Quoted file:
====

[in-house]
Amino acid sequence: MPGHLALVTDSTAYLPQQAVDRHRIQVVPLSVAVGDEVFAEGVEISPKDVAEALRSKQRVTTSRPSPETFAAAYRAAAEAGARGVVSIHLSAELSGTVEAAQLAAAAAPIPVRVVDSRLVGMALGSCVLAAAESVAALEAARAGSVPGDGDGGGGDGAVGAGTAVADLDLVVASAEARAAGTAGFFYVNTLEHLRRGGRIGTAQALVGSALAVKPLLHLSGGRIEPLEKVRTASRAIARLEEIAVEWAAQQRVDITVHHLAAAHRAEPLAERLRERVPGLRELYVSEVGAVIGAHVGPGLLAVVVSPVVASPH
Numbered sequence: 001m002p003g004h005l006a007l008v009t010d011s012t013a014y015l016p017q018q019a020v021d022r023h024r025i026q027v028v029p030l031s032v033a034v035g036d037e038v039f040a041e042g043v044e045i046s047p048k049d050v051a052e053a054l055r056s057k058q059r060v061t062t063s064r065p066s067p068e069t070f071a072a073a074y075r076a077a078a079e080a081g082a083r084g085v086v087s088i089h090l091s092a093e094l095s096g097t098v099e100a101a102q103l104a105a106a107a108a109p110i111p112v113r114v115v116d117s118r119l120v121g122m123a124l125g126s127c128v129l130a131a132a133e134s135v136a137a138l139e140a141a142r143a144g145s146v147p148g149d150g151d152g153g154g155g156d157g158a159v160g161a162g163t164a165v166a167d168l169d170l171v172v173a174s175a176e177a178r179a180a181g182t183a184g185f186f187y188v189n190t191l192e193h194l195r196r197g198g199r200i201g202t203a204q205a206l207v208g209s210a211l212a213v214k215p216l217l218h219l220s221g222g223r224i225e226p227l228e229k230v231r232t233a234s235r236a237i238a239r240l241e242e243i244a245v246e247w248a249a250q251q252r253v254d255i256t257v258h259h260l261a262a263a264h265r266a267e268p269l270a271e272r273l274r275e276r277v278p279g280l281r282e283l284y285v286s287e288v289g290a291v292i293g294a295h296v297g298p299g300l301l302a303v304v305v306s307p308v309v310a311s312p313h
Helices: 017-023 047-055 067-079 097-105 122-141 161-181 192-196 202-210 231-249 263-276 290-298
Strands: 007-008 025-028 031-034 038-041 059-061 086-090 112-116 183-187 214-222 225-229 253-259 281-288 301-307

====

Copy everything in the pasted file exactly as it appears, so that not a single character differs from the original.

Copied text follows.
[in-house]
Amino acid sequence: MPGHLALVTDSTAYLPQQAVDRHRIQVVPLSVAVGDEVFAEGVEISPKDVAEALRSKQRVTTSRPSPETFAAAYRAAAEAGARGVVSIHLSAELSGTVEAAQLAAAAAPIPVRVVDSRLVGMALGSCVLAAAESVAALEAARAGSVPGDGDGGGGDGAVGAGTAVADLDLVVASAEARAAGTAGFFYVNTLEHLRRGGRIGTAQALVGSALAVKPLLHLSGGRIEPLEKVRTASRAIARLEEIAVEWAAQQRVDITVHHLAAAHRAEPLAERLRERVPGLRELYVSEVGAVIGAHVGPGLLAVVVSPVVASPH
Numbered sequence: 001m002p003g004h005l006a007l008v009t010d011s012t013a014y015l016p017q018q019a020v021d022r023h024r025i026q027v028v029p030l031s032v033a034v035g036d037e038v039f040a041e042g043v044e045i046s047p048k049d050v051a052e053a054l055r056s057k058q059r060v061t062t063s064r065p066s067p068e069t070f071a072a073a074y075r076a077a078a079e080a081g082a083r084g085v086v087s088i089h090l091s092a093e094l095s096g097t098v099e100a101a102q103l104a105a106a107a108a109p110i111p112v113r114v115v116d117s118r119l120v121g122m123a124l125g126s127c128v129l130a131a132a133e134s135v136a137a138l139e140a141a142r143a144g145s146v147p148g149d150g151d152g153g154g155g156d157g158a159v160g161a162g163t164a165v166a167d168l169d170l171v172v173a174s175a176e177a178r179a180a181g182t183a184g185f186f187y188v189n190t191l192e193h194l195r196r197g198g199r200i201g202t203a204q205a206l207v208g209s210a211l212a213v214k215p216l217l218h219l220s221g222g223r224i225e226p227l228e229k230v231r232t233a234s235r236a237i238a239r240l241e242e243i244a245v246e247w248a249a250q251q252r253v254d255i256t257v258h259h260l261a262a263a264h265r266a267e268p269l270a271e272r273l274r275e276r277v278p279g280l281r282e283l284y285v286s287e288v289g290a291v292i293g294a295h296v297g298p299g300l301l302a303v304v305v306s307p308v309v310a311s312p313h
Helices: 017-023 047-055 067-079 097-105 122-141 161-181 192-196 202-210 231-249 263-276 290-298
Strands: 007-008 025-028 031-034 038-041 059-061 086-090 112-116 183-187 214-222 225-229 253-259 281-288 301-307